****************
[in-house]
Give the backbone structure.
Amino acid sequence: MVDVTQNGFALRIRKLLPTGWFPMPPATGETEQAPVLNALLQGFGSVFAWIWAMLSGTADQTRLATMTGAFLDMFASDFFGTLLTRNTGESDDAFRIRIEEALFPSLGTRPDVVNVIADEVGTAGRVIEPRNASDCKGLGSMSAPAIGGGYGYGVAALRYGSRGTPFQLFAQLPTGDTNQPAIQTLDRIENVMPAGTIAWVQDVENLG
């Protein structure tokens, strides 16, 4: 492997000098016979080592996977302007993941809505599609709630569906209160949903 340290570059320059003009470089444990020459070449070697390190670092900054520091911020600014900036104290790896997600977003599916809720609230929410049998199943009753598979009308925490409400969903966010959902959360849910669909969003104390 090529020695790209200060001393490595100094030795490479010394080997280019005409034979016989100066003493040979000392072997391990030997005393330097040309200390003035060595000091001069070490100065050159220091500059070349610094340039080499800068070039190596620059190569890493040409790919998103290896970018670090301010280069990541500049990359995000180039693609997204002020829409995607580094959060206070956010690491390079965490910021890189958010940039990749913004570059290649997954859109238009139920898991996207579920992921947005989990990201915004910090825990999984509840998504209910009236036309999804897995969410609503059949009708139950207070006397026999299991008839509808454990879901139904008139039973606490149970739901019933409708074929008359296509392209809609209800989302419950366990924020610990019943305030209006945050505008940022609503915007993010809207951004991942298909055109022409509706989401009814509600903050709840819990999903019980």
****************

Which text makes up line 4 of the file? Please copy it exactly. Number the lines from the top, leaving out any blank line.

């Protein structure tokens, strides 16, 4: 492997000098016979080592996977302007993941809505599609709630569906209160949903 340290570059320059003009470089444990020459070449070697390190670092900054520091911020600014900036104290790896997600977003599916809720609230929410049998199943009753598979009308925490409400969903966010959902959360849910669909969003104390 090529020695790209200060001393490595100094030795490479010394080997280019005409034979016989100066003493040979000392072997391990030997005393330097040309200390003035060595000091001069070490100065050159220091500059070349610094340039080499800068070039190596620059190569890493040409790919998103290896970018670090301010280069990541500049990359995000180039693609997204002020829409995607580094959060206070956010690491390079965490910021890189958010940039990749913004570059290649997954859109238009139920898991996207579920992921947005989990990201915004910090825990999984509840998504209910009236036309999804897995969410609503059949009708139950207070006397026999299991008839509808454990879901139904008139039973606490149970739901019933409708074929008359296509392209809609209800989302419950366990924020610990019943305030209006945050505008940022609503915007993010809207951004991942298909055109022409509706989401009814509600903050709840819990999903019980």